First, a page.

Google Express

Image source: Alphabet.

The future of shopping will look very different if tech giants Alphabet (NASDAQ:GOOG) (NASDAQ:GOOGL) and Amazon.com (NASDAQ:AMZN) have their way.

Today, Amazon enjoys a commanding lead in driving the future of e-commerce, most notably through impressive improvements and big-picture thinking on the delivery front.

Its headlong investment into e-commerce has allowed the Seattle-based e-tail giant to create a commanding lead in this long-term growth market. However, online rivals like Alphabet acutely understand the need to challenge Amazon, as a recent move from the search giant again demonstrates.

Google Express adds groceries
According to reporting from Bloomberg, Alphabet's Google Express program recently expanded its delivery options to include fresh produce, meats, and dairy. Per the report, the increasingly sprawling search giant will open the program to select areas of San Francisco and Los Angeles.

The service costs either $2.99 per delivery for Google Express members or $4.99 for non-Express members. Like Amazon's well-known Prime subscription delivery service, Google Express charges customers a $95 baseline annual fee for free deliveries on orders of non-perishable goods from a host of retailers. Interestingly, Google's pricing structure for grocery delivery differs from that of Amazon Fresh, which requires a Prime membership and charges an additional $299 per year to add grocery delivery services. 

Though its official small-scale launch took place in 2007, Amazon's grocery delivery efforts date back to long-shuttered dot-com-bubble upstart Webvan, which Amazon acquired out of bankruptcy. The fact that two of the most well-heeled, engineering-savvy Internet giants of our time remain so early on in their grocery delivery efforts speaks to the myriad issues (spoilage, low margins, etc.) that have always plagued companies seeking to ease the hassle of grocery shopping. However, with a number of newer, well-funded start-ups like Instacart again seeking to ease this pain point, it makes us wonder if new supply-chain innovations have finally made the time ripe for grocery delivery to go mainstream.

Playing the long game
Grocery delivery is still far from the norm. It's expensive. The selection can leave you wanting. However, as online giants like Amazon and Alphabet continue to experiment with the medium, it's important to note the broader narrative here, too. Taking a more long-term approach, large-scale e-commerce efforts like Amazon's and Alphabet's seek to address a more fundamental question: Why should we go to the store?

Amazon Prime Air

Image source: Amazon.

In an abstract sense, brick-and-mortar retail serves only a few core functions, namely product discovery and pick-up. To a certain extent, consumers will always want to be able to see items firsthand, which is important for retail investors to know. However, in terms of picking up the items you use in your everyday life -- those you already know you want or need -- there's a case to be made that in-person retail is an inefficient mode of distribution. It's this pain point that e-commerce giants like Amazon and Alphabet (and increasingly Wal-Mart) all address. And thanks to emerging technologies like drone delivery and self-driving cars, new cost-efficient channels to transport items from producer to consumer will become increasingly commonplace.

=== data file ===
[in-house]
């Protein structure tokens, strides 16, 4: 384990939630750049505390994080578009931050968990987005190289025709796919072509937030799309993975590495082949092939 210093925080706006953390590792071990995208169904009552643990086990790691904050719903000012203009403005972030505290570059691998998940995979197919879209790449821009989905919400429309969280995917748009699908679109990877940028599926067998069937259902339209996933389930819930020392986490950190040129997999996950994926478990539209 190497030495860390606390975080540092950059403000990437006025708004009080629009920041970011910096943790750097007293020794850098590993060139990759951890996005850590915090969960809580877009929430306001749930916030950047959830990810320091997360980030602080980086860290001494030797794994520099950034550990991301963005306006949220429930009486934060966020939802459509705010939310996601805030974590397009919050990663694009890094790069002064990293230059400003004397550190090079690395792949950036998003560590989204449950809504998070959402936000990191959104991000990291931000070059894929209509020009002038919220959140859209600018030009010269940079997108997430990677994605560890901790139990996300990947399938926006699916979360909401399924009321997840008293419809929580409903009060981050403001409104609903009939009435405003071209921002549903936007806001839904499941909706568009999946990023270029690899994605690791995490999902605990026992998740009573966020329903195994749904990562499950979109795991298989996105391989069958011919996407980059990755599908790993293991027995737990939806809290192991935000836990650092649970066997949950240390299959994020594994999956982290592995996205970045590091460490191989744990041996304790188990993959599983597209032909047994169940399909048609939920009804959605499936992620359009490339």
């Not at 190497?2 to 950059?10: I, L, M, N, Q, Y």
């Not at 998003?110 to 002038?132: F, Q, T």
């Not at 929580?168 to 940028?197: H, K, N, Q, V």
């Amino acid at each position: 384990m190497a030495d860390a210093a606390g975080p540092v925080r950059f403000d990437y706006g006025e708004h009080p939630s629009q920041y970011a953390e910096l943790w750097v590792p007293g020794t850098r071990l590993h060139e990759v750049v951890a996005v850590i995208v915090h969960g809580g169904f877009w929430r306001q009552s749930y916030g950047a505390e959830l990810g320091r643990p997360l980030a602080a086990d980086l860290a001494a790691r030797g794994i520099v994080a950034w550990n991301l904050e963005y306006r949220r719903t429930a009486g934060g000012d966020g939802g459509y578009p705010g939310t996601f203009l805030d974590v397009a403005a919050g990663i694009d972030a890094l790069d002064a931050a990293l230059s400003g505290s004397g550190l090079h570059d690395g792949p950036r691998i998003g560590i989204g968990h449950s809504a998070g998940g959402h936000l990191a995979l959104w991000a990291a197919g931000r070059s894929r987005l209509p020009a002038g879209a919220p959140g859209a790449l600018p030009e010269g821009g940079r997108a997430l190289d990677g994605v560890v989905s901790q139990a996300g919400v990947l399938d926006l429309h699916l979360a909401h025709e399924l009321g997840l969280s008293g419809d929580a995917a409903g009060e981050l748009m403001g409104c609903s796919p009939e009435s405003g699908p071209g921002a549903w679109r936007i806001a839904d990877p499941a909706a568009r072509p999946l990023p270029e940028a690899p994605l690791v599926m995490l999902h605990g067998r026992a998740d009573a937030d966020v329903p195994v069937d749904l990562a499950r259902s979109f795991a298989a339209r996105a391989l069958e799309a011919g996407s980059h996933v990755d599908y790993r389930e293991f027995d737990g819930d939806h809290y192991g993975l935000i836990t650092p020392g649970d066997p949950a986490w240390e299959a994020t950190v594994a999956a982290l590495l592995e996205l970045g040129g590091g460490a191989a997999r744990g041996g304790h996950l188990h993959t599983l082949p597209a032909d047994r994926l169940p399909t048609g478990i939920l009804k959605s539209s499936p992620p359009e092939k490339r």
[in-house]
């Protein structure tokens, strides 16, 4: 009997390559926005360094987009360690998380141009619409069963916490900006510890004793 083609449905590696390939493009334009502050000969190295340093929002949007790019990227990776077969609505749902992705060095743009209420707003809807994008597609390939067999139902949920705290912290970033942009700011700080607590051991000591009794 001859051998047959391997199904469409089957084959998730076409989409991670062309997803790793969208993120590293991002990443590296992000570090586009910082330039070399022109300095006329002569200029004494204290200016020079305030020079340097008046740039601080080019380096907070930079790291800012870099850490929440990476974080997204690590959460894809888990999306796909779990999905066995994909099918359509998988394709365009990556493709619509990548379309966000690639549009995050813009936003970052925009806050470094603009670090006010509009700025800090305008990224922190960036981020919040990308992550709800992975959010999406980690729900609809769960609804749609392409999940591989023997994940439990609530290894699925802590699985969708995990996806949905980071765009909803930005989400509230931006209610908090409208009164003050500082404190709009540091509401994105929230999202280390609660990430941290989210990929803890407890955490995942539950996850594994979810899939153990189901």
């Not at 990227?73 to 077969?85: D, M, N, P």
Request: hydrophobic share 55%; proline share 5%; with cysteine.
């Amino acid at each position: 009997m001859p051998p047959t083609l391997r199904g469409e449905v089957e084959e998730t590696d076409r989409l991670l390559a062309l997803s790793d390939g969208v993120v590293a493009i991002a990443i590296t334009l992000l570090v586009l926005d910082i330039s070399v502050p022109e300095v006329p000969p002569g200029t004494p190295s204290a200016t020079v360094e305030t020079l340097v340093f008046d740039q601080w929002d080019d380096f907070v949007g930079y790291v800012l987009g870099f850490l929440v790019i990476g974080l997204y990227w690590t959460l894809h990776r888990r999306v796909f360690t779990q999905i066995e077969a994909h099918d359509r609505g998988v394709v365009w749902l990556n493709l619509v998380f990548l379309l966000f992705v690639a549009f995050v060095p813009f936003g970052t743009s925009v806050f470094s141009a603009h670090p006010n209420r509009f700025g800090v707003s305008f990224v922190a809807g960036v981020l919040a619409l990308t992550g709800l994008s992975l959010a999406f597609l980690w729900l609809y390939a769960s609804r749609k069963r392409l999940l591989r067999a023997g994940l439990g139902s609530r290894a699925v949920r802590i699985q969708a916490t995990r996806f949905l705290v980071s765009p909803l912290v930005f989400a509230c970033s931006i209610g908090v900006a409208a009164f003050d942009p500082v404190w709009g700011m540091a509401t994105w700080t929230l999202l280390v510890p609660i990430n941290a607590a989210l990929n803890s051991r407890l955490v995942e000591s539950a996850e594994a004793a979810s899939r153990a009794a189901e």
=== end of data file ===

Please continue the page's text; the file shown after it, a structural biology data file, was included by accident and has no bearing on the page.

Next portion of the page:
Though we think of e-commerce as a sizable segment of the economy, it accounted for a mere 7.4% of total U.S. retail sales in last year's fourth quarter, according to Department of Commerce data. The implication is that as better delivery methods emerge, we're increasingly likely to purchase items we already know we want through channels that make getting them as seamless as possible.

As such, Amazon's and Alphabet's gradual moves into areas like grocery delivery should be viewed with a very long time horizon in mind. These efforts are unlikely to produce any meaningful business results in the near term. However, like other seemingly far-fetched areas of both companies' businesses, they could eventually grow into sizable businesses in their own rights as the technology to support them evolves.

Suzanne Frey, an executive at Alphabet, is a member of The Motley Fool's board of directors. Andrew Tonner has no position in any stocks mentioned. The Motley Fool owns shares of and recommends Alphabet (A and C shares), and Amazon.com. Try any of our Foolish newsletter services free for 30 days. We Fools may not all hold the same opinions, but we all believe that considering a diverse range of insights makes us better investors. The Motley Fool has a disclosure policy.